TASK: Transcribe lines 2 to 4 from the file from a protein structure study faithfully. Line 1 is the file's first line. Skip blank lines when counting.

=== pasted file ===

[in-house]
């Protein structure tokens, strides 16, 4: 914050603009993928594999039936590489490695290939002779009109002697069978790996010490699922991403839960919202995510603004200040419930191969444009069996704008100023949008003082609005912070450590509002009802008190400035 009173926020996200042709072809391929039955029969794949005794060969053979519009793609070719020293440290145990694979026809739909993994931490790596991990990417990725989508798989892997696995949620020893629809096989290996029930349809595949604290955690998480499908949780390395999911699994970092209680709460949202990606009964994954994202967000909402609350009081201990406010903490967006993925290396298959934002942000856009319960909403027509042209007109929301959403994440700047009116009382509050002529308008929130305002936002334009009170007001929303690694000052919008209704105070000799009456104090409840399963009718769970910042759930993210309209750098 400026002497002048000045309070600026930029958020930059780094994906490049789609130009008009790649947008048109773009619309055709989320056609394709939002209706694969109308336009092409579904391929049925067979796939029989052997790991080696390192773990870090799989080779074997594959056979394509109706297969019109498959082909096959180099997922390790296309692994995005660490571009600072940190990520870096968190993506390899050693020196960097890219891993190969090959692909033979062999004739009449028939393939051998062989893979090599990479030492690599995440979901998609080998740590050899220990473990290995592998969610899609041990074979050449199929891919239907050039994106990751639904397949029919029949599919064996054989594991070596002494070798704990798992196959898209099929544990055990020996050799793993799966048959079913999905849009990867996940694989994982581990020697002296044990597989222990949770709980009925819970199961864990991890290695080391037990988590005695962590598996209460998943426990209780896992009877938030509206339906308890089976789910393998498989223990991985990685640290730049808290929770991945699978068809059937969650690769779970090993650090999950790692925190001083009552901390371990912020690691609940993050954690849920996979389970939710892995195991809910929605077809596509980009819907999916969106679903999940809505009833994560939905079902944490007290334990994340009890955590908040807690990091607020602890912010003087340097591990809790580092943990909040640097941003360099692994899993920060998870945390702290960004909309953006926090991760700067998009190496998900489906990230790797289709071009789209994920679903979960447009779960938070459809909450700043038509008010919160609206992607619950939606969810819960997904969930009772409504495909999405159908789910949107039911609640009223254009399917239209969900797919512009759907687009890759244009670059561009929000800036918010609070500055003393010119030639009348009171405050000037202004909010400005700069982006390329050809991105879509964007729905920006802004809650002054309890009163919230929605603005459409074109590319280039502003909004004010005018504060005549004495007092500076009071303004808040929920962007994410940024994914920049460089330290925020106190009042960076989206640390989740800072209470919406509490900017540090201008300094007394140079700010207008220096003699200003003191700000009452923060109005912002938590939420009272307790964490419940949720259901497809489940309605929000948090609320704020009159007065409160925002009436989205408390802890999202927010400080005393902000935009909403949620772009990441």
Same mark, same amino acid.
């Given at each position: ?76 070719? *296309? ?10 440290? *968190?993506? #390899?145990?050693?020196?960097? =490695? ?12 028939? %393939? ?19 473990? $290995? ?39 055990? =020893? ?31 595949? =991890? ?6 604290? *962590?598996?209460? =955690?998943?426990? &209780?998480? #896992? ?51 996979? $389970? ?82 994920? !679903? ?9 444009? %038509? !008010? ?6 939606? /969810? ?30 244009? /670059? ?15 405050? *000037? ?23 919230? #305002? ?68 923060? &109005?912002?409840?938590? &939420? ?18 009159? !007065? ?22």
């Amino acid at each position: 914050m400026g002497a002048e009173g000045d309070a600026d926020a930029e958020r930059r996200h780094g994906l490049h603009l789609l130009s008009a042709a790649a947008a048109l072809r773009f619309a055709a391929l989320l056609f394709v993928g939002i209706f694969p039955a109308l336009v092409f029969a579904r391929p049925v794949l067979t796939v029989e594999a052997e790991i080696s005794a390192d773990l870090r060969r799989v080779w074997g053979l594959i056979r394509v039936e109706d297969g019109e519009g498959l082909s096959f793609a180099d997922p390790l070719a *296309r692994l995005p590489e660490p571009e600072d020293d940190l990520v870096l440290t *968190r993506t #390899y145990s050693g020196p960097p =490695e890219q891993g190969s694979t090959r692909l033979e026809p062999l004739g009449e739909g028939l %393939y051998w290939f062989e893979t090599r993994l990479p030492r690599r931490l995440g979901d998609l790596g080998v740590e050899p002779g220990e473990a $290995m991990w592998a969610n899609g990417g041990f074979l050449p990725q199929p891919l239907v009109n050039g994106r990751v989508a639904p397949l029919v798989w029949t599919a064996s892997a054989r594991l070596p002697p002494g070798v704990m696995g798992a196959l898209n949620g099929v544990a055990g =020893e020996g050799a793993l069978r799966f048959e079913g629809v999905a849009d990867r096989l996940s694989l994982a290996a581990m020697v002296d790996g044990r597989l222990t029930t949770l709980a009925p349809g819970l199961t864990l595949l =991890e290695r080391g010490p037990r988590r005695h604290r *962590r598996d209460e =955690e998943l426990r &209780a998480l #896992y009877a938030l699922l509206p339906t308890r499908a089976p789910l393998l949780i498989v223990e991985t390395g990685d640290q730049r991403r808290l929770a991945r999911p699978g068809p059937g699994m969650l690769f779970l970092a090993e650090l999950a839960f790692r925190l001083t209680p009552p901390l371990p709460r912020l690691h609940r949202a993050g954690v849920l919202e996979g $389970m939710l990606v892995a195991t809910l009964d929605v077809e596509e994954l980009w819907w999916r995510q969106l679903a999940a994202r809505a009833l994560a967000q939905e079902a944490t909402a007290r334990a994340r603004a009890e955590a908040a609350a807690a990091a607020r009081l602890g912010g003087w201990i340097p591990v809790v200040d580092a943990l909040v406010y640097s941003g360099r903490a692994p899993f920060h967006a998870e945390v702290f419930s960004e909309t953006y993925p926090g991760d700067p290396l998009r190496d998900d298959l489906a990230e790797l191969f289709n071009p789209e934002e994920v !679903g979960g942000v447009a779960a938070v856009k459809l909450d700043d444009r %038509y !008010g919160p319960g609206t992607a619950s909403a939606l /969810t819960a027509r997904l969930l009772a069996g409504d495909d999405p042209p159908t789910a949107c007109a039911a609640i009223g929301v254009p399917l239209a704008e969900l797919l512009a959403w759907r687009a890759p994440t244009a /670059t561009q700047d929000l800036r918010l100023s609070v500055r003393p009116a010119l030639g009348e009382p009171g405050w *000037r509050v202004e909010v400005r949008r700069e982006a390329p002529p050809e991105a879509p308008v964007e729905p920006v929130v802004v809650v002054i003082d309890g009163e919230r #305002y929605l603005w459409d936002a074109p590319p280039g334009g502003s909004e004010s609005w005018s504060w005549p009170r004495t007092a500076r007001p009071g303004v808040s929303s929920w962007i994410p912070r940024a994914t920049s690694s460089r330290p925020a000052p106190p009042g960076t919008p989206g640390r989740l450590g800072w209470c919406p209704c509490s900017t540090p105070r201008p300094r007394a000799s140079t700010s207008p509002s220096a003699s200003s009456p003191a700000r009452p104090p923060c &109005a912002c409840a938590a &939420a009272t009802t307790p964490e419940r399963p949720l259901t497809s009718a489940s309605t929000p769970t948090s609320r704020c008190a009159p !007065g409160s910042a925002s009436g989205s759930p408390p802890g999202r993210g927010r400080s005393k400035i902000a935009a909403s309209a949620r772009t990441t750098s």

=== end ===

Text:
């Protein structure tokens, strides 16, 4: 914050603009993928594999039936590489490695290939002779009109002697069978790996010490699922991403839960919202995510603004200040419930191969444009069996704008100023949008003082609005912070450590509002009802008190400035 009173926020996200042709072809391929039955029969794949005794060969053979519009793609070719020293440290145990694979026809739909993994931490790596991990990417990725989508798989892997696995949620020893629809096989290996029930349809595949604290955690998480499908949780390395999911699994970092209680709460949202990606009964994954994202967000909402609350009081201990406010903490967006993925290396298959934002942000856009319960909403027509042209007109929301959403994440700047009116009382509050002529308008929130305002936002334009009170007001929303690694000052919008209704105070000799009456104090409840399963009718769970910042759930993210309209750098 400026002497002048000045309070600026930029958020930059780094994906490049789609130009008009790649947008048109773009619309055709989320056609394709939002209706694969109308336009092409579904391929049925067979796939029989052997790991080696390192773990870090799989080779074997594959056979394509109706297969019109498959082909096959180099997922390790296309692994995005660490571009600072940190990520870096968190993506390899050693020196960097890219891993190969090959692909033979062999004739009449028939393939051998062989893979090599990479030492690599995440979901998609080998740590050899220990473990290995592998969610899609041990074979050449199929891919239907050039994106990751639904397949029919029949599919064996054989594991070596002494070798704990798992196959898209099929544990055990020996050799793993799966048959079913999905849009990867996940694989994982581990020697002296044990597989222990949770709980009925819970199961864990991890290695080391037990988590005695962590598996209460998943426990209780896992009877938030509206339906308890089976789910393998498989223990991985990685640290730049808290929770991945699978068809059937969650690769779970090993650090999950790692925190001083009552901390371990912020690691609940993050954690849920996979389970939710892995195991809910929605077809596509980009819907999916969106679903999940809505009833994560939905079902944490007290334990994340009890955590908040807690990091607020602890912010003087340097591990809790580092943990909040640097941003360099692994899993920060998870945390702290960004909309953006926090991760700067998009190496998900489906990230790797289709071009789209994920679903979960447009779960938070459809909450700043038509008010919160609206992607619950939606969810819960997904969930009772409504495909999405159908789910949107039911609640009223254009399917239209969900797919512009759907687009890759244009670059561009929000800036918010609070500055003393010119030639009348009171405050000037202004909010400005700069982006390329050809991105879509964007729905920006802004809650002054309890009163919230929605603005459409074109590319280039502003909004004010005018504060005549004495007092500076009071303004808040929920962007994410940024994914920049460089330290925020106190009042960076989206640390989740800072209470919406509490900017540090201008300094007394140079700010207008220096003699200003003191700000009452923060109005912002938590939420009272307790964490419940949720259901497809489940309605929000948090609320704020009159007065409160925002009436989205408390802890999202927010400080005393902000935009909403949620772009990441």
Same mark, same amino acid.
């Given at each position: ?76 070719? *296309? ?10 440290? *968190?993506? #390899?145990?050693?020196?960097? =490695? ?12 028939? %393939? ?19 473990? $290995? ?39 055990? =020893? ?31 595949? =991890? ?6 604290? *962590?598996?209460? =955690?998943?426990? &209780?998480? #896992? ?51 996979? $389970? ?82 994920? !679903? ?9 444009? %038509? !008010? ?6 939606? /969810? ?30 244009? /670059? ?15 405050? *000037? ?23 919230? #305002? ?68 923060? &109005?912002?409840?938590? &939420? ?18 009159? !007065? ?22």